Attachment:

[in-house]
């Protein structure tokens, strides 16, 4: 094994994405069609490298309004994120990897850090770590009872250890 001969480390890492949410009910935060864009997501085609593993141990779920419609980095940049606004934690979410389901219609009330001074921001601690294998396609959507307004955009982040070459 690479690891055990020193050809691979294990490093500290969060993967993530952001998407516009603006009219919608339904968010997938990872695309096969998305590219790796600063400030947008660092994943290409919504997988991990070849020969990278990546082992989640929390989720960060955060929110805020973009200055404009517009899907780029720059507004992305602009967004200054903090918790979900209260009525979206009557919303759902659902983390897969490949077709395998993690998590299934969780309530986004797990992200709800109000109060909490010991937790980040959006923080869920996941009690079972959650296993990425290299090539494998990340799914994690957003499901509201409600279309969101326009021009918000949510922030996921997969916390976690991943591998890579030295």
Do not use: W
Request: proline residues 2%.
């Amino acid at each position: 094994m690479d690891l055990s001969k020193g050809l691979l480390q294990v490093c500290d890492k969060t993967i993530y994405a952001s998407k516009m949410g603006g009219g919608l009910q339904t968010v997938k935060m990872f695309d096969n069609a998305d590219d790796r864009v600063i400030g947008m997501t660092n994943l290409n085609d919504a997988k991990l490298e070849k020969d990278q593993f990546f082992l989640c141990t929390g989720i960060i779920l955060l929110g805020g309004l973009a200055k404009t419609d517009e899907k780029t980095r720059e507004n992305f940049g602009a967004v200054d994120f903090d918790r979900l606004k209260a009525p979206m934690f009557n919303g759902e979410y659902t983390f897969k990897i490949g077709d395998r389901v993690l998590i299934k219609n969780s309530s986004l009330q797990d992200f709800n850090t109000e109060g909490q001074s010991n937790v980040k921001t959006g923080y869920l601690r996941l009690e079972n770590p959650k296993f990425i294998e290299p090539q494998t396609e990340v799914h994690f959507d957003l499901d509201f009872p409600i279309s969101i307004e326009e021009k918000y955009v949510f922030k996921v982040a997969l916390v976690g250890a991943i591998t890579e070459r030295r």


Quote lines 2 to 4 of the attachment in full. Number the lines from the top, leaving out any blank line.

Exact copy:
């Protein structure tokens, strides 16, 4: 094994994405069609490298309004994120990897850090770590009872250890 001969480390890492949410009910935060864009997501085609593993141990779920419609980095940049606004934690979410389901219609009330001074921001601690294998396609959507307004955009982040070459 690479690891055990020193050809691979294990490093500290969060993967993530952001998407516009603006009219919608339904968010997938990872695309096969998305590219790796600063400030947008660092994943290409919504997988991990070849020969990278990546082992989640929390989720960060955060929110805020973009200055404009517009899907780029720059507004992305602009967004200054903090918790979900209260009525979206009557919303759902659902983390897969490949077709395998993690998590299934969780309530986004797990992200709800109000109060909490010991937790980040959006923080869920996941009690079972959650296993990425290299090539494998990340799914994690957003499901509201409600279309969101326009021009918000949510922030996921997969916390976690991943591998890579030295």
Do not use: W
Request: proline residues 2%.